SAM's Marine Energy Wave and Marine Energy Tidal models are for systems that convert energy of ocean waves or tides into electricity.

SAM's marine energy performance models are coupled with the LCOE Calculator financial model to facilitate calculating the levelized cost of energy (LCOE) using an approach consistent with the method discussed in LaBonte, A. (2013).

Marine Energy Wave Model

The marine energy wave model is for a system that uses a wave energy converter (WEC) to convert the energy of ocean waves into electricity. The model requires the following inputs:

  • A table of wave height versus wave energy period to characterize the wave resource.
  • Performance parameters for the wave energy converter.
  • A table of x-y positions if the system is an array of multiple WECs.
  • Data specifying expected losses due to array spacing, resource prediction uncertainty, electrical transmission, and other sources.
  • Installation and operating costs for levelized cost of energy (LCOE) calculations (optional).
  • Financial parameters for LCOE calculations (optional).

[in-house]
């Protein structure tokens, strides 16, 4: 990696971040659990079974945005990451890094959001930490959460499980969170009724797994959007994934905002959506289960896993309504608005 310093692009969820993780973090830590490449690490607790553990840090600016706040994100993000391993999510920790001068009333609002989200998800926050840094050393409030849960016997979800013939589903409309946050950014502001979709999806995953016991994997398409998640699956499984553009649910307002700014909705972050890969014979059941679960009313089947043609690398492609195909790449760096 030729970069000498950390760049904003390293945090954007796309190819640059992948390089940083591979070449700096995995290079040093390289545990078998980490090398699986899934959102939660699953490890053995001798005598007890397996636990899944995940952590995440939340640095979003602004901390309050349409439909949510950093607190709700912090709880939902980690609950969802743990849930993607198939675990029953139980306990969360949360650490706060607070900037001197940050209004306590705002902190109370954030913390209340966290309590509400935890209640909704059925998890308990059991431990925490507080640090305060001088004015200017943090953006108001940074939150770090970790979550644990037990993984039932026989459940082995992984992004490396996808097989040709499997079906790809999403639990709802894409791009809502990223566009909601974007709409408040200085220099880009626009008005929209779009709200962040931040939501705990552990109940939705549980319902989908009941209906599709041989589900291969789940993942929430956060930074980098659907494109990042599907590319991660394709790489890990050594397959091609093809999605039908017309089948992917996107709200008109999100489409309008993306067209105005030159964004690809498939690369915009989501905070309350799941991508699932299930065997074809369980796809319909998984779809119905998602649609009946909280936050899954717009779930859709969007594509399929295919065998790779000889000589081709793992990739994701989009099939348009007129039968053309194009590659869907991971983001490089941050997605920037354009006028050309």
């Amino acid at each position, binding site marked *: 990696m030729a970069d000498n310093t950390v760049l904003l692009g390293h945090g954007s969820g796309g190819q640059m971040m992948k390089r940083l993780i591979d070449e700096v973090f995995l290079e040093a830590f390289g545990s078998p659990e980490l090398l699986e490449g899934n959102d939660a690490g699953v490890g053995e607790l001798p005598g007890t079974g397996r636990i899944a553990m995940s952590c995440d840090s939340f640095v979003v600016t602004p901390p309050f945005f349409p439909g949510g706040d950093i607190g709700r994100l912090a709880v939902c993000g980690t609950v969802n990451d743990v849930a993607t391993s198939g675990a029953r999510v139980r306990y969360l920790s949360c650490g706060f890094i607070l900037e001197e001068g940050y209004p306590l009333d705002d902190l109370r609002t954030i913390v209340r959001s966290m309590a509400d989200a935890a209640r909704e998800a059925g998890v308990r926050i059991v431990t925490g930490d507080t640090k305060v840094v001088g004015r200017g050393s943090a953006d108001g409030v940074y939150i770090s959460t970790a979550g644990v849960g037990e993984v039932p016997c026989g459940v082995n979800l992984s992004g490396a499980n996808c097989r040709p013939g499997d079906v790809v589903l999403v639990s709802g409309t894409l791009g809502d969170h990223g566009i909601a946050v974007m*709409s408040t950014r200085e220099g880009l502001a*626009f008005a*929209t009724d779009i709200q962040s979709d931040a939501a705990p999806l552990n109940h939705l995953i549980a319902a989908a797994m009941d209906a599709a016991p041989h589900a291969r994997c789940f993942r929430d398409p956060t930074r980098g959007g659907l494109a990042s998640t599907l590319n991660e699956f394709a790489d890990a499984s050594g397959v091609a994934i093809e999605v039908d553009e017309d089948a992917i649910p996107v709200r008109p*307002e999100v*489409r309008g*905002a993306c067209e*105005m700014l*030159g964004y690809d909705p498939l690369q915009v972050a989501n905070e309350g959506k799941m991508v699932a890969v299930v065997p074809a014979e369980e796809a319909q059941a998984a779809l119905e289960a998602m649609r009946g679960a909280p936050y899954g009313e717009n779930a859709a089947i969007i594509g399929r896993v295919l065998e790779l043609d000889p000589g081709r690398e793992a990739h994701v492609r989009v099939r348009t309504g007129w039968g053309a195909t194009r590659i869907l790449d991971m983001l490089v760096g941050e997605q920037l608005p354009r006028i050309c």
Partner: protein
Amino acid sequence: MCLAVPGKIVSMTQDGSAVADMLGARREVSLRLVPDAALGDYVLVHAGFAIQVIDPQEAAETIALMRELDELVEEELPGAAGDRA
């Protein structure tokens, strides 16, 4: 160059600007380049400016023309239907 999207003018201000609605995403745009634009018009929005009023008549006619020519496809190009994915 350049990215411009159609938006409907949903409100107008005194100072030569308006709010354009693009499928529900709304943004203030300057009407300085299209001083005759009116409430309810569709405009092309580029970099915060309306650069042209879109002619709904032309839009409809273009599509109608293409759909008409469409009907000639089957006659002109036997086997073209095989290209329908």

SAM's built-in libraries provide default data for sample systems and locations. You can run the model with this default data or provide your own. The wave resource library includes resource data for a few locations in the United States:

  • California Central Coast
  • California Humboldt Bay
  • Oregon
  • North Carolina
  • Hawaii

The WEC library includes parameters for three types of WECs:

  • Heaving buoy
  • Oscillating surge weave converter
  • Backward bent duct buoy floating oscillating column

The WECs in the library are based on open-source wave energy point designs as part of the Reference Model Project (RMP) sponsored by the U.S. Department of Energy (DOE).

Marine Energy Tidal

The marine energy tidal model is for a system that uses a tidal energy converter (TEC) to convert the energy of ocean tides into electricity. The model requires the following inputs:

  • A table of tidal current flow versus column depth to characterize the tidal resource.
  • A table of x-y positions if the system is an array of multiple TECs.
  • Data specifying expected losses due to array spacing, resource prediction uncertainty, electrical transmission, and other sources.
  • Installation and operating costs for levelized cost of energy (LCOE) calculations (optional).
  • Financial parameters for LCOE calculations (optional).

Dallman, A.; Neary, V. (2014) Characterization of U.S. Wave Energy Converter (WEC) Test Sites: A Catalogue of Met-Ocean Data. 125 pp.; SAND2014-18206. Sandia National Laboratories. (PDF 8 MB)

LaBonte, A. et al. (2013). Standardized cost and performance reporting for marine and hydrokinetic technologies. 11 pp. Proceedings of 1st Marine Energy Technology Symposium, Washington DC.For information about sources of wave energy resource data, see the following websites:

OpenEI NREL Wave Energy Assessment for the United States and Puerto Rico

Marine Energy Data from NREL